Many also evoke the return of the 30s… Is the rise of populism really comparable to the rise of extremism?

The world is at the dawn of a major geopolitical shift, already underway. Populist movements and candidates are proliferating everywhere, even storming the world's leading power. The far right made historic scores, as high as those recorded in the 30s, in France with 33% of the electorate who turned to Marine le Pen, in Austria with the unexpected victory of a young chancellor by the most conservative and radical movements, in Germany with the surprising result of the AFD, a leading nationalist party, which allowed the entry of 94 nationalist deputies into the Bundestag. Alexander Gauland, one of their leaders, even declared: “If the French can be proud of their emperor (…), we have the right to be proud of what our soldiers accomplished during the Second World War .”

The repetition of the 30s is by far the most alarming.

The 30s are more relevant than ever with a devastating economic crisis (2007-2008) which brings to mind the not so distant memory of the stock market crash of 1929, the constant rejection of the political, intellectual and financial elites, the obstinate refusal to mass immigration, the proliferation of extreme, protectionist, declinist ideas, the re-emergence of former powers which look nostalgically at their old empires and the terror of Western democracies which are powerless in the face of the emergence of totalitarianism, as well destructive than the previous ones. The repetition of the 30s is by far the most alarming.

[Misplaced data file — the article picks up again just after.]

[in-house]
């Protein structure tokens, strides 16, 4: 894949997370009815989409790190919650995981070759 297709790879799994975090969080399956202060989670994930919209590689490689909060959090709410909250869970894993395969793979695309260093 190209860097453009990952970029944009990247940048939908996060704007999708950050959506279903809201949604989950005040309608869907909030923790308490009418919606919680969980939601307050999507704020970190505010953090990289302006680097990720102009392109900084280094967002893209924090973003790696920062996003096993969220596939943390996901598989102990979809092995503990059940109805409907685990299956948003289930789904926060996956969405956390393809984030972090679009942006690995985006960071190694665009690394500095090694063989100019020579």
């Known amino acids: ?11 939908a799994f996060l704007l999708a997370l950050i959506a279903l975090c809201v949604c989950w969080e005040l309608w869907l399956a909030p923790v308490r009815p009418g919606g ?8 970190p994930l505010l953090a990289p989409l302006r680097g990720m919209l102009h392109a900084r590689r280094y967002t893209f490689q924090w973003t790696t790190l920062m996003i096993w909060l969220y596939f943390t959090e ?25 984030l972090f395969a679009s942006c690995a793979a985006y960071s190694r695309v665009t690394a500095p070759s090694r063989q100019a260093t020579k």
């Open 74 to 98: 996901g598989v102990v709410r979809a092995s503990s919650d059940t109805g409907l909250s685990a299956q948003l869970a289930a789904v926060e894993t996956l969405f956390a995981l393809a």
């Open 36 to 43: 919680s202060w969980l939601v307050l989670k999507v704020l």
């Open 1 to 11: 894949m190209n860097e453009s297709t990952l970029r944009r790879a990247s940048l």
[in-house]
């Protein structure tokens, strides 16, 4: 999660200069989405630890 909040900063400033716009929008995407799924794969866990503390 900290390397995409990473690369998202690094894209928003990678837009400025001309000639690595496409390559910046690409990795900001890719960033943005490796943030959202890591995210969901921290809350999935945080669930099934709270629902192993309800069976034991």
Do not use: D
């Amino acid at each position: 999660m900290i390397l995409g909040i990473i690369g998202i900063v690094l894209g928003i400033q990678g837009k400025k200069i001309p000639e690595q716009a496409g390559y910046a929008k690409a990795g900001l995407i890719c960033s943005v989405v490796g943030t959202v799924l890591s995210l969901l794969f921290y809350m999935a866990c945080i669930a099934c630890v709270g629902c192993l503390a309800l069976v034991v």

Does a new world war seem likely to you?

The United States reaffirms its role as policeman of the world, headed by a President as unpredictable as he is bellicose, who vociferates threats throughout tweets to intimidate nations reluctant to American hegemony. Erdogan dreams of an Ottoman Turkey revitalized by a strong presidential system, not hesitating to take Hitler's Germany as a model, declaring: “In a unitary system, a presidential system can perfectly exist. There are currently examples in the world and also examples in history. You will see an example of this in Hitler's Germany. Vladimir Putin, nostalgic for a Tsarist and Soviet imperial past, extends his Empire to the borders of Ukraine. Europe is falling apart, with the English, who have selfishly left the ship, Spain which is fighting to maintain the unity of its Kingdom...

Finally, Islamic terrorism which threatens the great Western powers, often powerless in the face of the unpredictability of attacks as deadly as they are sudden. The world is on the verge of a great geopolitical upheaval with nations breaking up and breaking up in the West and empires reforming in the East. The threat of a new world war is real…

The world is on the verge of a great geopolitical upheaval. The threat of a new world war is real…

Aren't we in not, on the contrary, in the end of history as predicted by Fukuyama?

Francis Fukuyama states as early as 1992, in his book the end of history and the last man, the emergence of a universal consensus around democracy which will put an end to ideological conflicts. His obsolete theory, victim of a singular historical context where the collapse of the Soviet bloc gives hope for the triumph of American hegemony, is completely overtaken by the current context. It is rather necessary to look towards Samuel Huntington and his work the “clash of civilizations”, to understand, to apprehend the international situation. The author develops there the theory of “civilizational oppositions” which took precedence over the ideological and political oppositions of the world of yesterday with the explosion of the religious fact. The news today proves him right… History is definitely back!


Source: “Macron is a copy of King Louis-Philippe”